Japanese junk food, candy and sodas beat American-made crap

MAXXply

Hall of Fame
ORIGINALLY TITLED: "Japanese packaged food and drink: Better quality than US/EU?"

I've just returned from an enjoyable week in Tokyo. My first time in Japan. I have been exposed to Japanese packaged food and drink brands before, but not to the extent I was in-country. It was amusing and amazing, definitely an eye-opener for someone accustomed to Aussie and Western junk food and confectionery.

Does anyone know if Japanese packaged food (convenience foods, candy, ice cream etc) and drink manufacturing and ingredient standards are any better or worse than food standards in Western countries?

For example, I noticed their flavoured iced teas are far less sweet than anything I've had in Oz. Their biscuits (US: cookies) were also much less sweet. On the flipside, their mainstream vanilla ice cream (Lotte) had the mouth feel of frozen soap.

What are some anecdotal facts about how awesomely good or woefully bad Japanese junk food is?
 

ollinger

G.O.A.T.
I don't know if there's any real difference in quality, but there's certainly a difference in taste/preference. Not uncommon to see shrink-wrapped packages of things like octopus tentacle bits sold at newsstands. And of course the Japanese love jellied candies and desserts.
 

ollinger

G.O.A.T.
You made me curious about the quality of their food, found an article published in The Economist in 2000 called "Japanese Food Industry; Rotten" describing various quality calamities the industry there has had.
 

MAXXply

Hall of Fame
You made me curious about the quality of their food, found an article published in The Economist in 2000 called "Japanese Food Industry; Rotten" describing various quality calamities the industry there has had.
Yes, that's the jarring aspect of it...on one hand the Japanese are so exacting and fastidious about what they consume, yet on the other there are the tales of lax/inadequate standards or ingredients that would make the FDA authorities in Western countries blush and disgust Western consumers.

I was attracted by the packaging of some cookies described as 'peanut butter and chocolate'. They were nice, very light and without any cloying over-sweetness or greasiness. On the other hand I had a 'chocolate brownie' made by the same brand that tasted like it was a concoction of Frankenfood chemicals and ingredients.

I also wonder if they source the majority of their fresh vegetables from China where food security is a big issue for Western markets who also source their produce from there.
 

mmk

Hall of Fame
I've had green-tea flavored KitKats from Japan that were very good. I understand that in Japan there are many flavors of KitKats. I'd be curious as to how their standard chocolate KitKats taste, as there is quite a difference between those made in the UK, USA and Australia. The biscuits in the UK version are a bit more toasted than those in the US, and while I love KitKats, I did not like the Australian version at all.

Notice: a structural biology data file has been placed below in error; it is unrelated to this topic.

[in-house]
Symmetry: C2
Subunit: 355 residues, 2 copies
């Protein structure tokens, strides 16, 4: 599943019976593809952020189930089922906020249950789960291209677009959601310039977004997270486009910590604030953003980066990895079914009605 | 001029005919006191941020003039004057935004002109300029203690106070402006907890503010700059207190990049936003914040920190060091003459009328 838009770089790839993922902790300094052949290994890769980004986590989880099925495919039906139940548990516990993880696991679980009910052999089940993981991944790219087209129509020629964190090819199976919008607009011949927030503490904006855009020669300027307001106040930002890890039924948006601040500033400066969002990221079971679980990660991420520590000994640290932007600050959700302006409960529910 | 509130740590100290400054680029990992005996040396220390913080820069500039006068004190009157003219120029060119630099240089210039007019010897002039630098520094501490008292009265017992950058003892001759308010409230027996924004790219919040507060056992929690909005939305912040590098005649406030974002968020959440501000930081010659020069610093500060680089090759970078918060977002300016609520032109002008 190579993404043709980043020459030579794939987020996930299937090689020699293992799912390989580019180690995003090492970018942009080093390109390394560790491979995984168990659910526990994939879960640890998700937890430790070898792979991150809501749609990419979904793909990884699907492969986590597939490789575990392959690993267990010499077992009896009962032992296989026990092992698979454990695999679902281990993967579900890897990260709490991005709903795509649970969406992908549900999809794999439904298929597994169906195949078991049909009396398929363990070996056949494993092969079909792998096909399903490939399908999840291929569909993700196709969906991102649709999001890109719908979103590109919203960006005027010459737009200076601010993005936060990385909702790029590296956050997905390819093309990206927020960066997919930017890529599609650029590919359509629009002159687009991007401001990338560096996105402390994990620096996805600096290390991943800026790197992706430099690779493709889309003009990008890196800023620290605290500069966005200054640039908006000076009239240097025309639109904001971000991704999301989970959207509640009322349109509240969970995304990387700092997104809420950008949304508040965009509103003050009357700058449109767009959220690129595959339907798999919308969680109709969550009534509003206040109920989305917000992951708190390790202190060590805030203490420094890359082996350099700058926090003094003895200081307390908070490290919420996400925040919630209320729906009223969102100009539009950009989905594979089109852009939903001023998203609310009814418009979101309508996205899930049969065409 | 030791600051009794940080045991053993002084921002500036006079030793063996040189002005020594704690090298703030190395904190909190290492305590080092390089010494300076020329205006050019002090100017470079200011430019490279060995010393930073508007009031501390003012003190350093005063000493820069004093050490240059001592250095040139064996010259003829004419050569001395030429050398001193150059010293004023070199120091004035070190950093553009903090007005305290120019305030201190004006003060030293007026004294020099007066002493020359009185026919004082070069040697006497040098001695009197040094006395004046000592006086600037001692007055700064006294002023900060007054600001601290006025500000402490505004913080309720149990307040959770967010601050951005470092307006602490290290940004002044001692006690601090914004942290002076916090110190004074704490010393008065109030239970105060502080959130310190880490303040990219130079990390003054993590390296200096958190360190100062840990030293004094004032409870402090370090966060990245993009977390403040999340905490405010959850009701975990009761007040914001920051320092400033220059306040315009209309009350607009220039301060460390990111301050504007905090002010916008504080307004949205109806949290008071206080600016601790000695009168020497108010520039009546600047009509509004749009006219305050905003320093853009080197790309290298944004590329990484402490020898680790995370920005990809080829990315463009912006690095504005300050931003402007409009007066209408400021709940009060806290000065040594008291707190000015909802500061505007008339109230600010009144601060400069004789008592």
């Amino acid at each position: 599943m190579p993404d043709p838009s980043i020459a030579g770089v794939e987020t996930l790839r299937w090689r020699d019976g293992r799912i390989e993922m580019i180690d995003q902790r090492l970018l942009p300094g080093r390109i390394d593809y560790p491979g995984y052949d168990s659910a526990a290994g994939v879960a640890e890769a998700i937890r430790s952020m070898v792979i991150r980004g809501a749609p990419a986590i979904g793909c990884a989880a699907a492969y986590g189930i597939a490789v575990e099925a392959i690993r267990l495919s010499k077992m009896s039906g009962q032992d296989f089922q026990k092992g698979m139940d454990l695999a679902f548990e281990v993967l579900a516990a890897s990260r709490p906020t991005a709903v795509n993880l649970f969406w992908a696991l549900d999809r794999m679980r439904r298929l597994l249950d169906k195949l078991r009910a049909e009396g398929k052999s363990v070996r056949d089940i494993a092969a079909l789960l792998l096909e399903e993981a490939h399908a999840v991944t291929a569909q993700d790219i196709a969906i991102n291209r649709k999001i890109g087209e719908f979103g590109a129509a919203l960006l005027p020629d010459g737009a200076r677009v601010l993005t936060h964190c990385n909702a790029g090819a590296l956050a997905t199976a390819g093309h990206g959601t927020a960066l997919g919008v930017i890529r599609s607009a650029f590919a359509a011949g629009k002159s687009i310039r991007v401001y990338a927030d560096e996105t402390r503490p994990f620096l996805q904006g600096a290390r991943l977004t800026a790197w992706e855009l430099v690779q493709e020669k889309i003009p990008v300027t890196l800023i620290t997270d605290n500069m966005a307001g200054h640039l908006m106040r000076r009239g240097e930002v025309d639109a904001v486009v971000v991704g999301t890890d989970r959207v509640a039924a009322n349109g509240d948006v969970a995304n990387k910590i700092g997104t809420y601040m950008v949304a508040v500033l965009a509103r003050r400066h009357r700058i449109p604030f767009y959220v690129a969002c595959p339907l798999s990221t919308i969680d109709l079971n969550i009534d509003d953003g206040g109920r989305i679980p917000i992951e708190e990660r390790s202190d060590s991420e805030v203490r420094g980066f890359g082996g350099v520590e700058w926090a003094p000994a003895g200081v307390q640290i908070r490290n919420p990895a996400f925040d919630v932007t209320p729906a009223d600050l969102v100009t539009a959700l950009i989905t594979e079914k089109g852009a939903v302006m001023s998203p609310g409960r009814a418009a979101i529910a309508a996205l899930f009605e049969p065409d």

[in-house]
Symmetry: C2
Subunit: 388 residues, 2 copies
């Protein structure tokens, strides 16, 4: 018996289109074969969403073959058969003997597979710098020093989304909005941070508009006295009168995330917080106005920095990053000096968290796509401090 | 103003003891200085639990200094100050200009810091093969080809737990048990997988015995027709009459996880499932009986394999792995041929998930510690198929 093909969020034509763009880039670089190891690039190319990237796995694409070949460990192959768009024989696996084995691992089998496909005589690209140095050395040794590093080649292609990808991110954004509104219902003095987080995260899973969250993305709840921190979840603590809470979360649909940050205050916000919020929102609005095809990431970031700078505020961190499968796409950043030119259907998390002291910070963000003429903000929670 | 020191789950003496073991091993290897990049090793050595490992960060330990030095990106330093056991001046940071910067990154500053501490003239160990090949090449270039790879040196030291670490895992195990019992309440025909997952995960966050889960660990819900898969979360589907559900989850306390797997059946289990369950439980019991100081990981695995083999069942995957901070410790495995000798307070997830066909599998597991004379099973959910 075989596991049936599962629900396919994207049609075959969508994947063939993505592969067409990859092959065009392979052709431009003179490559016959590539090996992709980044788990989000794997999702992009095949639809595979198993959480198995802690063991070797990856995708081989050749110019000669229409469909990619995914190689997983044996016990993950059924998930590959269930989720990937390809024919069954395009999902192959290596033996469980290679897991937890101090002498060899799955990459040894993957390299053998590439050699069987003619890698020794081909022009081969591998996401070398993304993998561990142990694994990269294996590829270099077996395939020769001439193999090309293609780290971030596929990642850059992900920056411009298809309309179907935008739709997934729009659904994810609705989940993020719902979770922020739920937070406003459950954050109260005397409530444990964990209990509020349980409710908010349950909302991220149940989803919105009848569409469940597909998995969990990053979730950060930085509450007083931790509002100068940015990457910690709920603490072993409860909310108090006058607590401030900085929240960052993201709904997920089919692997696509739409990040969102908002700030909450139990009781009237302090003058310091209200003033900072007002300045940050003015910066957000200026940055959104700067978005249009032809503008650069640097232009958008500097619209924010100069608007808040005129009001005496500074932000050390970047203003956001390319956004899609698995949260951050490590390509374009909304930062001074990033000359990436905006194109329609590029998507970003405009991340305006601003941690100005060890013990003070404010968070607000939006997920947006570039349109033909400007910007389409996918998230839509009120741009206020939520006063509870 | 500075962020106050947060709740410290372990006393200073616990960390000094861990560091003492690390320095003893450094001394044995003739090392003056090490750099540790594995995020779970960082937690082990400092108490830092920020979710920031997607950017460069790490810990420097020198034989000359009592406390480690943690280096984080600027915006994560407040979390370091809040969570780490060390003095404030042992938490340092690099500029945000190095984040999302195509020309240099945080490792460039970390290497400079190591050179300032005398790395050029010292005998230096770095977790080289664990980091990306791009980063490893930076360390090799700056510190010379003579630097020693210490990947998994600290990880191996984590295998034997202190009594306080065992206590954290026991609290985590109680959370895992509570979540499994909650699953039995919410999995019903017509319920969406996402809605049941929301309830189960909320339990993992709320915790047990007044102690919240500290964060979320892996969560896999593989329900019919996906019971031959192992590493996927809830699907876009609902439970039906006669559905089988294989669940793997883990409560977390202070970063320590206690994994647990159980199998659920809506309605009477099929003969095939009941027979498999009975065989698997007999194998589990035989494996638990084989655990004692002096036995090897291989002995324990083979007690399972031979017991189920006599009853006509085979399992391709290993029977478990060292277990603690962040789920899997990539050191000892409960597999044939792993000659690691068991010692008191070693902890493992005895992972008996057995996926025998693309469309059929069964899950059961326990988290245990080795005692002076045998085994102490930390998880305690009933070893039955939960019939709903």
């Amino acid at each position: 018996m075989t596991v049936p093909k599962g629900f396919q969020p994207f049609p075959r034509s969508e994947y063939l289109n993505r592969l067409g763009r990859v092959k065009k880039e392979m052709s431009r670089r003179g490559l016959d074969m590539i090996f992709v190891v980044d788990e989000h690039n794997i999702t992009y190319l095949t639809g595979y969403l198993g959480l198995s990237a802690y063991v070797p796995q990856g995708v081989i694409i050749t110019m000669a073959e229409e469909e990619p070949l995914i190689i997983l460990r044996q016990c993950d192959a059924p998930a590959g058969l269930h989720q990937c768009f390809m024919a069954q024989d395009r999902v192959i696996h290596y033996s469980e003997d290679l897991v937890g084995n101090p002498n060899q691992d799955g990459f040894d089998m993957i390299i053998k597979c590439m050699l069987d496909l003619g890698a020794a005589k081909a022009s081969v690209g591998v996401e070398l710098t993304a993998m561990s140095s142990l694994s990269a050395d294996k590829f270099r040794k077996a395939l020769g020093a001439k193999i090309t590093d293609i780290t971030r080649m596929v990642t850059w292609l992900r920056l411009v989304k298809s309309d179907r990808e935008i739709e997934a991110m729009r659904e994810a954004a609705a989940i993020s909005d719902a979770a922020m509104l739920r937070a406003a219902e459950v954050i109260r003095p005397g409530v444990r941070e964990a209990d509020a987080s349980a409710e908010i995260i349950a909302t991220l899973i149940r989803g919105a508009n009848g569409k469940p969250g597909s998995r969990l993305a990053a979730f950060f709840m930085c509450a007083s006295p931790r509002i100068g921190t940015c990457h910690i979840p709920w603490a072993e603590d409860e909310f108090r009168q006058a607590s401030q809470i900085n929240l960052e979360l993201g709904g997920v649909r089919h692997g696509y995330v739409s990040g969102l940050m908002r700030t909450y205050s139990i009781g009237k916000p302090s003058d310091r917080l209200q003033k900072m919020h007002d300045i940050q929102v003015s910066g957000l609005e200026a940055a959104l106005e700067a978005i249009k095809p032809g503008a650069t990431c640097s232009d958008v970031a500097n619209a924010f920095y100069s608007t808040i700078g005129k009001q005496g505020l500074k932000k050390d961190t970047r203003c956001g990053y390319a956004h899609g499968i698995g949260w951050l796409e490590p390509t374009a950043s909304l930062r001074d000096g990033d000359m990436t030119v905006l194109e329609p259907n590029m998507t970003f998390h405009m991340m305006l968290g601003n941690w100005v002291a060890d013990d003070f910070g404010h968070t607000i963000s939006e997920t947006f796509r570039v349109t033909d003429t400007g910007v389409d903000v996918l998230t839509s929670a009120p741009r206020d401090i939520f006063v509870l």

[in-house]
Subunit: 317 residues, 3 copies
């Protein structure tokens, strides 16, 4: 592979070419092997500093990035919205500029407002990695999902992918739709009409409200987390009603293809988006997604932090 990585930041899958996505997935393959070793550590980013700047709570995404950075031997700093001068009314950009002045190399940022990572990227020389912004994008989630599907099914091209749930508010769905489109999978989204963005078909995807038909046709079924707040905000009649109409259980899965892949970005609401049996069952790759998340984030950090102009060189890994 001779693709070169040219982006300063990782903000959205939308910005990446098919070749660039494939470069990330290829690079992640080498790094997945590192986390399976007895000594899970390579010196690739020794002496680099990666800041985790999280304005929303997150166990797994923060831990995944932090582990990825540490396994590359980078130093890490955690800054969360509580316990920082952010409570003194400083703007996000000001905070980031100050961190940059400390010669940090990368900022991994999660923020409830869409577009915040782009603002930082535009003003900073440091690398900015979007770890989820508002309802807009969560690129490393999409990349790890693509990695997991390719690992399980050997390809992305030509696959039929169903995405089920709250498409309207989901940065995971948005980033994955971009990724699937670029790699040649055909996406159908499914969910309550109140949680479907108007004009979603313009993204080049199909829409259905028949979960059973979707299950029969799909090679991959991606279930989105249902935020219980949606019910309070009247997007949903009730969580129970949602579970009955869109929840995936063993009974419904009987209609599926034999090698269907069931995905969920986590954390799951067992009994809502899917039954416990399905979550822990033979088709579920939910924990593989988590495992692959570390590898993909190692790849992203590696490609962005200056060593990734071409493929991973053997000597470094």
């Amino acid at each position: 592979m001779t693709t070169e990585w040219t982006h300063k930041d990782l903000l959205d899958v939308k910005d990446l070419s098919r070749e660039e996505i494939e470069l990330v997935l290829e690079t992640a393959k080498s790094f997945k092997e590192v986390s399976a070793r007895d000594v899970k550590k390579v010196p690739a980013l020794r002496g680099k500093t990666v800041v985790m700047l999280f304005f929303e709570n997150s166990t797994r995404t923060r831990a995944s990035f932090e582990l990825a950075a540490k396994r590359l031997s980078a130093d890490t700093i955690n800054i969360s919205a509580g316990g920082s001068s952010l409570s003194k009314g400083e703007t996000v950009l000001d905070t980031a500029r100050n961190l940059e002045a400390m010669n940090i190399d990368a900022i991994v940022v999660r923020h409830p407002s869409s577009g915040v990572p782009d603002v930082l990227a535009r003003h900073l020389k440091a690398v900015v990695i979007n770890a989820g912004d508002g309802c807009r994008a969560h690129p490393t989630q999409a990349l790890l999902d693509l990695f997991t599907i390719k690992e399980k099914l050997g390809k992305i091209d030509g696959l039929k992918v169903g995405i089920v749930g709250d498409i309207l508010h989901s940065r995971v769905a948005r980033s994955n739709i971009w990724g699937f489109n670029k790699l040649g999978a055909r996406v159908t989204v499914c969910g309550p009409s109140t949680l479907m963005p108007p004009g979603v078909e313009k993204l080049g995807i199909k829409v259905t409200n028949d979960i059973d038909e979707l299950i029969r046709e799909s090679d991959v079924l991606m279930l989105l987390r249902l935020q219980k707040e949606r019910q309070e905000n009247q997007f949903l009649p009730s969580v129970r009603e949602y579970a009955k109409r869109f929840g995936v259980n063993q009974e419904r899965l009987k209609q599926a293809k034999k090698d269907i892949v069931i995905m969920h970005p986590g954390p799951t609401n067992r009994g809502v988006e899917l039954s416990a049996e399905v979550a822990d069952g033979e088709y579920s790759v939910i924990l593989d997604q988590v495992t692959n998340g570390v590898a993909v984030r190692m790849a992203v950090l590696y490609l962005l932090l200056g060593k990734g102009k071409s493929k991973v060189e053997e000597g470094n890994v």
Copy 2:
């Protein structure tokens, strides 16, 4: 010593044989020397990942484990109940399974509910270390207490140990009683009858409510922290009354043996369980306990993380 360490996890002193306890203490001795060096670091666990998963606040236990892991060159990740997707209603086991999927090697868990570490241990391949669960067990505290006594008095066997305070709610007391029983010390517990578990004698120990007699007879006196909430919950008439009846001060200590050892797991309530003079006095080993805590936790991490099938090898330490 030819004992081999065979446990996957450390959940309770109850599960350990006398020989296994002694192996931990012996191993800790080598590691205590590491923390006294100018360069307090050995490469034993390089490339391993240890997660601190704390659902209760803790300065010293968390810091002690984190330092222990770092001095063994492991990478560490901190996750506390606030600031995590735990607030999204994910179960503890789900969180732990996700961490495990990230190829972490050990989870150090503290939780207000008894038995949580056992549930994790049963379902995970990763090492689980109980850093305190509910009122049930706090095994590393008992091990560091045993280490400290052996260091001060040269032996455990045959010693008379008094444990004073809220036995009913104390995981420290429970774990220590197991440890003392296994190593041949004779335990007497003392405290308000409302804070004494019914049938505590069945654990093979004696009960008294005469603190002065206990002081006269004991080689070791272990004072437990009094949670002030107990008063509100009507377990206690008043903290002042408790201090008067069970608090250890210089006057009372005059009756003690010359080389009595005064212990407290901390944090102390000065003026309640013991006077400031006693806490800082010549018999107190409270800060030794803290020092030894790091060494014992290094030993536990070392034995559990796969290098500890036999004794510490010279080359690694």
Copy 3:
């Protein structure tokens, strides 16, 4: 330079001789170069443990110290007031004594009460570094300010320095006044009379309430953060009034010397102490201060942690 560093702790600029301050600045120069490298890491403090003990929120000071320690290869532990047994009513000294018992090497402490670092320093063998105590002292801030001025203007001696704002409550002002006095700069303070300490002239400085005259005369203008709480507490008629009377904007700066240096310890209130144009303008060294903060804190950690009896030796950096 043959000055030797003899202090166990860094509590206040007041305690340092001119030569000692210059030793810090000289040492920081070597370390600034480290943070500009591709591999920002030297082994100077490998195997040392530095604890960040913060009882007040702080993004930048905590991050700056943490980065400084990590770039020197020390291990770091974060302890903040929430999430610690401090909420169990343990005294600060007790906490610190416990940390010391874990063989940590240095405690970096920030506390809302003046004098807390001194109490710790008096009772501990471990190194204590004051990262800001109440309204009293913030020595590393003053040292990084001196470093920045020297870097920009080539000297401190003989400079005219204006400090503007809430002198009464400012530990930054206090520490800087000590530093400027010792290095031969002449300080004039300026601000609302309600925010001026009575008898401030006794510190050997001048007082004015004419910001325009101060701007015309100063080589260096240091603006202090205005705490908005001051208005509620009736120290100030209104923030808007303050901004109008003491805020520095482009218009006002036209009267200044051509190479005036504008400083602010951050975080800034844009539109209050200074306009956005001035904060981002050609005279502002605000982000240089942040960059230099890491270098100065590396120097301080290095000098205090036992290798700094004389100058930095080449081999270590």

Mike Bulgakov

G.O.A.T.
Cost Plus in America has some nice options. Japan has many of the strangest snacks I have ever seen. Extreme flavours seems to be a common theme. I prefer my crackers not to have strange balls that taste like 100-year-old rotting fish.
 

scotus

G.O.A.T.
OP, you are right that Japanese snacks have more subtle flavors in terms of sugar and salt. Of course, to westerners, there's nothing subtle about the taste of miso, wasabi and some of their seafoods.

Perhaps one generalization I can safely make is the serving size. It's much smaller than the typical American size (I don't know anything about Australian cuisine).
 

coolblue123

Hall of Fame
There used to be a East Asian Junk Food store called Aji Ichiban. They sell all sorts of candies and dried parts from a godzilla movie by weight there. It wasnt bad but it was awfully expensive. But alot of junk food from east asia uses all your taste buds as well as having a variety of textures.
 

SystemicAnomaly

Talk Tennis Guru
Do you have the number for the US?
According to various sources, US consumption was at an all time high in 1999. These sources put an annual per capita consumption around 55-64 lbs. According to the table below it was about 42% of all caloric sweeteners. As of 2013, it was under 44 lbs (and 34%).

http://www.ers.usda.gov/datafiles/Sugar_and_Sweeteners_Yearbook_Tables/US_Consumption_of_Caloric_Sweeteners_/table50.xls

https://news.usc.edu/44415/high-fructose-corn-syrup-linked-to-diabetes/
 

MAXXply

Hall of Fame
I've brought back for a friend KitKat wafers in various flavours - Sweet Potato, 'Baked Cheesecake' and Strawberry. Will be interesting to try. I missed out on the black burger at Burger King (Shibuya).
I notice they're big on canned cold black coffee versus the milk-based cold coffees that predominate in Australian shops.
 

Rentaroo

New User
Our Japanese and Taiwanese exchange students often receive care packages of snacks from their parents. I love sharing some of the more interesting snacks with my coworkers. Squid jerky...hahahaha!
 

Sentinel

Bionic Poster
I used to have this cold coffee from the coffee dispensers on road sides (100 yen iirc) which i loved.

I remember once bringing back a Skippy's PB from Tokyo and everyone here said it was far better than the American one. Even the packet of butter I brought back once was loved by everyone :)
 
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